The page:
Last Updated on April 20, 2022
Today, we’re going to be answering the question: does farro have gluten? And taking a look at the best gluten free grains to include in your diet if you’re gluten-intolerant or have celiac disease. You may not have even heard of farro – which makes it tricky to navigate, as to how can you be sure whether it contains gluten if you’re unsure what it is. That’s where I’m here to help! Let’s first take a look at what farro is, and then we can determine whether it contains gluten.
What Is Farro?
Farro actually refers to a few different varieties of the cereal grain, wheat. When farro is listed as an ingredient, it can mean any of the following:
- emmer (an ancient grain)
- einkorn (an ancient grain)
Farro isn’t the same wheat that we’re used to seeing every day in foods such as bread and cakes. Farro is a much heavier flour and darker in the color than modern wheat that we’re familiar with.
Learn more about Bulgur Gluten-Free Substitutes
How To Use Farro
Farro is most commonly used in Italy and southern Europe in the following ways:
- vegetable dishes
It’s seen as nutritious and a great addition to your diet.
Does Farro Have Gluten?
Unfortunately, as you can probably tell from the description of farro – it is not gluten-free, and should not be consumed when following a gluten-free lifestyle. However, it’s tricky to navigate as farro is not usually identified as wheat on ingredients labels, so it may be harder to avoid than the more modern cereal grains.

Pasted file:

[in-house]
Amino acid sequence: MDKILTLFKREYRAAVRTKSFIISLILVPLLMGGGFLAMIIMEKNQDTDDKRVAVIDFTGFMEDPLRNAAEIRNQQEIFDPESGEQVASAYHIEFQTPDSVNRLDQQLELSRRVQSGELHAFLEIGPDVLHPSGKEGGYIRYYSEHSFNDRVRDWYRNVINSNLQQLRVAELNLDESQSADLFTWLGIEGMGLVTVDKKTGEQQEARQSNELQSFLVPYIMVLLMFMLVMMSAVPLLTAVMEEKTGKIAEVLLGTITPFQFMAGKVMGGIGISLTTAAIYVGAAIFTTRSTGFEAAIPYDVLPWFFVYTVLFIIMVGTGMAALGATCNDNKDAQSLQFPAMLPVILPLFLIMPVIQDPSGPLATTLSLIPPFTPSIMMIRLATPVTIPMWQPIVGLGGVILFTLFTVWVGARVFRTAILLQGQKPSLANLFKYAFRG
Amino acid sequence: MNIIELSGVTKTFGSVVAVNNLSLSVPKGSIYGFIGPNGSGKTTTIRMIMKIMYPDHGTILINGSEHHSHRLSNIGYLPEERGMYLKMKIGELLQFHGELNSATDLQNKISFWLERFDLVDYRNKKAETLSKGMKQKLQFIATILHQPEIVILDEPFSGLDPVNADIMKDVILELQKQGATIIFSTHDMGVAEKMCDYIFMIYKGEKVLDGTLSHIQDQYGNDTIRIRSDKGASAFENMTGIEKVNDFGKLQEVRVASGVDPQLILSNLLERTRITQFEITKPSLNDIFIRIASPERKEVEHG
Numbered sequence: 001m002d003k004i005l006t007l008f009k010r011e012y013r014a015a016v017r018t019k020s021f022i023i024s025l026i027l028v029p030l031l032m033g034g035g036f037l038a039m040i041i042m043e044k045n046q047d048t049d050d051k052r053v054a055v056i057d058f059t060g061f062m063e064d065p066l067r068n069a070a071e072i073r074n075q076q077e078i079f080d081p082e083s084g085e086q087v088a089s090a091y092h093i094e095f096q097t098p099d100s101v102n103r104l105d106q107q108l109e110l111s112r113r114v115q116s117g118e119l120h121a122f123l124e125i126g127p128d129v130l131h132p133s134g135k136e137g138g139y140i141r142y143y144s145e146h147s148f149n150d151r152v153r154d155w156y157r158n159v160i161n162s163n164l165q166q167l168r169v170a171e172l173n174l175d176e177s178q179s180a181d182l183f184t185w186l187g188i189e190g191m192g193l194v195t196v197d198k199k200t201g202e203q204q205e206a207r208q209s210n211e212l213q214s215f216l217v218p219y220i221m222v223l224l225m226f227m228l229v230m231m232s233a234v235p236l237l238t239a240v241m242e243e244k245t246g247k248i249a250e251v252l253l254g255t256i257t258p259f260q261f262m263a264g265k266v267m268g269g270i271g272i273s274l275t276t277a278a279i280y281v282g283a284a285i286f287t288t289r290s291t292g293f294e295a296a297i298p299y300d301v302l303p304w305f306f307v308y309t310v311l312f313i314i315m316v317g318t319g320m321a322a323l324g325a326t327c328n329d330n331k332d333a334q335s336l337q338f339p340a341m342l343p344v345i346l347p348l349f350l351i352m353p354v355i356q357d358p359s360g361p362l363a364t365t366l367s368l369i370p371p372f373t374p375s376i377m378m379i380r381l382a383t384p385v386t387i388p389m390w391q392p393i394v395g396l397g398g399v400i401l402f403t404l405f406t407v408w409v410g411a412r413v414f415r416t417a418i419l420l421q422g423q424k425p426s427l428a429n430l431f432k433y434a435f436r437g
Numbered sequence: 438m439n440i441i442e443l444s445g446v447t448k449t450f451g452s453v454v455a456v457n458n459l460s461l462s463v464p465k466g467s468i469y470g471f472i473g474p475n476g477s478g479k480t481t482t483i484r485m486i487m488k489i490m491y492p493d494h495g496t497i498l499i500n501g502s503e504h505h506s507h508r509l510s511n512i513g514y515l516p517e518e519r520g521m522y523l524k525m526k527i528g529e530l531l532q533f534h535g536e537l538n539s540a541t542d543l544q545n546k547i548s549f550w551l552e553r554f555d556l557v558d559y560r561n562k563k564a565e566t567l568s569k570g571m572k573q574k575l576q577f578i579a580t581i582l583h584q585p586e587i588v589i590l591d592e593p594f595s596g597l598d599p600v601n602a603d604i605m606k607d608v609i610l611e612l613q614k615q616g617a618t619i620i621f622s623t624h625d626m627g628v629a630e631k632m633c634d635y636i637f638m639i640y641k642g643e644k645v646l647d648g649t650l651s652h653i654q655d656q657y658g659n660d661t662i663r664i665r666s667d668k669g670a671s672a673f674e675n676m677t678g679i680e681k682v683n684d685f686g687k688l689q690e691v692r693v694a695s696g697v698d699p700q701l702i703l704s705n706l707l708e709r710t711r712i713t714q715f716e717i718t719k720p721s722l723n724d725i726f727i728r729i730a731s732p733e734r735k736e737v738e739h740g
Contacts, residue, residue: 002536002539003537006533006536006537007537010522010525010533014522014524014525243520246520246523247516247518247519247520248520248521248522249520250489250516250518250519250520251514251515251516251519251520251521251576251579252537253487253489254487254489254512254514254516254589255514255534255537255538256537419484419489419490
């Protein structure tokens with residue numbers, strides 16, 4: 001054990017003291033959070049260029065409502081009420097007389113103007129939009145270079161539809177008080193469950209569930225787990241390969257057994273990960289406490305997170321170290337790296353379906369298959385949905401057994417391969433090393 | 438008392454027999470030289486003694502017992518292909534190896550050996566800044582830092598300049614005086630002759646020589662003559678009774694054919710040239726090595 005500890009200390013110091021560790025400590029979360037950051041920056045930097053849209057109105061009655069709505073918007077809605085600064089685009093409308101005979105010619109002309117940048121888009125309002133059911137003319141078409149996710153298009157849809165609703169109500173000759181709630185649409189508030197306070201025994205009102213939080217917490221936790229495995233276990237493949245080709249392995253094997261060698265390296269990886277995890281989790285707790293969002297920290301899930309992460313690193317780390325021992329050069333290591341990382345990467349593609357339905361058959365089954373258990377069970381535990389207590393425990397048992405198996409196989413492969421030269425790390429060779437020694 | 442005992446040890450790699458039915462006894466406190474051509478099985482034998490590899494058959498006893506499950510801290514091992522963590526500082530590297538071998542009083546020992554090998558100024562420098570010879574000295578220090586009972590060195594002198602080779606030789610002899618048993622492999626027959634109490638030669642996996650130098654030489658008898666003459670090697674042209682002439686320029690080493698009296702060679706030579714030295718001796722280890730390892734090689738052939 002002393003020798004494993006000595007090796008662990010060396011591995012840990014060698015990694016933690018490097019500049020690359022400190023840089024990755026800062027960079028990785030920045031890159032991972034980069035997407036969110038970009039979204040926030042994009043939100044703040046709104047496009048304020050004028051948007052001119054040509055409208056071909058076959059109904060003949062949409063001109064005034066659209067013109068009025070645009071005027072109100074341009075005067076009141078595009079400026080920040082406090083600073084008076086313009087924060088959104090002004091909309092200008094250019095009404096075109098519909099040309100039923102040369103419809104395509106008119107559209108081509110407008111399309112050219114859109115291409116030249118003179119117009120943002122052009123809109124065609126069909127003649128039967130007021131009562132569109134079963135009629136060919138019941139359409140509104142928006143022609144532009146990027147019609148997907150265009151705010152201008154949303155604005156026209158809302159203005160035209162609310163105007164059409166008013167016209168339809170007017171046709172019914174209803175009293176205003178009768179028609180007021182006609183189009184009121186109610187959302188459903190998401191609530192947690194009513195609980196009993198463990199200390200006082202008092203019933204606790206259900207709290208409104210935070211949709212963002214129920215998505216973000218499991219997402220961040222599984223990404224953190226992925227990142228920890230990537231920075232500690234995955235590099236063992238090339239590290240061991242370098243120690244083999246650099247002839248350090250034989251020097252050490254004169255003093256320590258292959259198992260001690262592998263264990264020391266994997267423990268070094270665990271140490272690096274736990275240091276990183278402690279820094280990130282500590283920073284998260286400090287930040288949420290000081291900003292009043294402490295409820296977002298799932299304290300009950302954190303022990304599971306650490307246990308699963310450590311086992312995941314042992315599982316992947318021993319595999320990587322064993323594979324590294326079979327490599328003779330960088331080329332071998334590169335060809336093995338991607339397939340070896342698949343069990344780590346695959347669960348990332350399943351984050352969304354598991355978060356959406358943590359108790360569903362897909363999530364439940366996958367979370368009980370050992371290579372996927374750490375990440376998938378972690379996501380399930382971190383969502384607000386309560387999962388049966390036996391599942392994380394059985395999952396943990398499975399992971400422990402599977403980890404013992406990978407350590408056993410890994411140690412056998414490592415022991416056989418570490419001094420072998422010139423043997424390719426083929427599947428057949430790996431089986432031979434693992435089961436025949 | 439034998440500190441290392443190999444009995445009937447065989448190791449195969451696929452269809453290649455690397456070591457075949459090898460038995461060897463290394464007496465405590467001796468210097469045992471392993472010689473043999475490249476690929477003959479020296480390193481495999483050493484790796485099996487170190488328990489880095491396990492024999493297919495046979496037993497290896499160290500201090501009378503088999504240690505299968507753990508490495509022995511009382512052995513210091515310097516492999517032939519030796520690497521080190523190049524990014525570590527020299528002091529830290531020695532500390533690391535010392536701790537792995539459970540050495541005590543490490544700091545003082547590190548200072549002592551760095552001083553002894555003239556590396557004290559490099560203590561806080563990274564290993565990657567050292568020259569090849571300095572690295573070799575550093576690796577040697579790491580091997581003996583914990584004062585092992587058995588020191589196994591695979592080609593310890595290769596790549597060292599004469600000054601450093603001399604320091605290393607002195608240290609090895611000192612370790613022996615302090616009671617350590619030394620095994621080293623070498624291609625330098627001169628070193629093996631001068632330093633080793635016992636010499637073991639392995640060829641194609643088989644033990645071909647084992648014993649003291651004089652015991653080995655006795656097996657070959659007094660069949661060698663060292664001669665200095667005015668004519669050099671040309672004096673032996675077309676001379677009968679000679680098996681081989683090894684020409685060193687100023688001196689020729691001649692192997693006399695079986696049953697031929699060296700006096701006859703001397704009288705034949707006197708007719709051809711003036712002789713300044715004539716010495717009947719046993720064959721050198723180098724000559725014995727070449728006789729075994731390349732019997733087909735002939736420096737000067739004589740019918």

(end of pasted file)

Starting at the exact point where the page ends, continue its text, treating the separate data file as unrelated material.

Gluten Free Grains Farro Alternatives
There are gluten-free alternatives to almost everything nowadays – and farro is no different! Let’s take a look at the best gluten-free substitutes for farro.
Sorghum is an ancient cereal grain – however, this grain is 100% gluten-free. It belongs to the grass family and comes in a range of colors, including white, yellow, red, brown, black, and purple. It’s round-shaped and relatively small. Sorghum is most commonly made into flour and is the perfect gluten-free flour to use in most recipes.
The nutritional value for a quarter cup of sorghum is:
- Calories: 163
- Protein: 5g
- Fat: 2g
- Carbohydrates: 36g
- Fiber: 3g
Brown rice is one of the easier alternatives to obtain. Whether you’re using fresh brown rice or brown rice flour, it’s a good addition to your diet. Brown rice is whole grain rice with the hull of the rice removed. Did you know that brown rice and white rice are the same, except brown rice keeps the bran and germ layers on (which makes it brown), whereas white rice does not.
The nutritional value of a cup of brown rice is:
- Calories: 216
- Protein: 5g
- Fat: 1.8g
- Carbohydrates: 45g
- Fiber: 3.5g
Learn more about: Does Jasmine Rice Have Gluten?
Oat groats are naturally gluten-free. However, it’s worth noting that you should only buy oats that carry a gluten-free label. This is because oats are often milled with cereal containing grains such as barley and wheat – and therefore would make the oats not gluten-free.
Oat groats have had very little processing, in comparison to other oats and they contain much more fiber, making them a nutritious addition to your diet.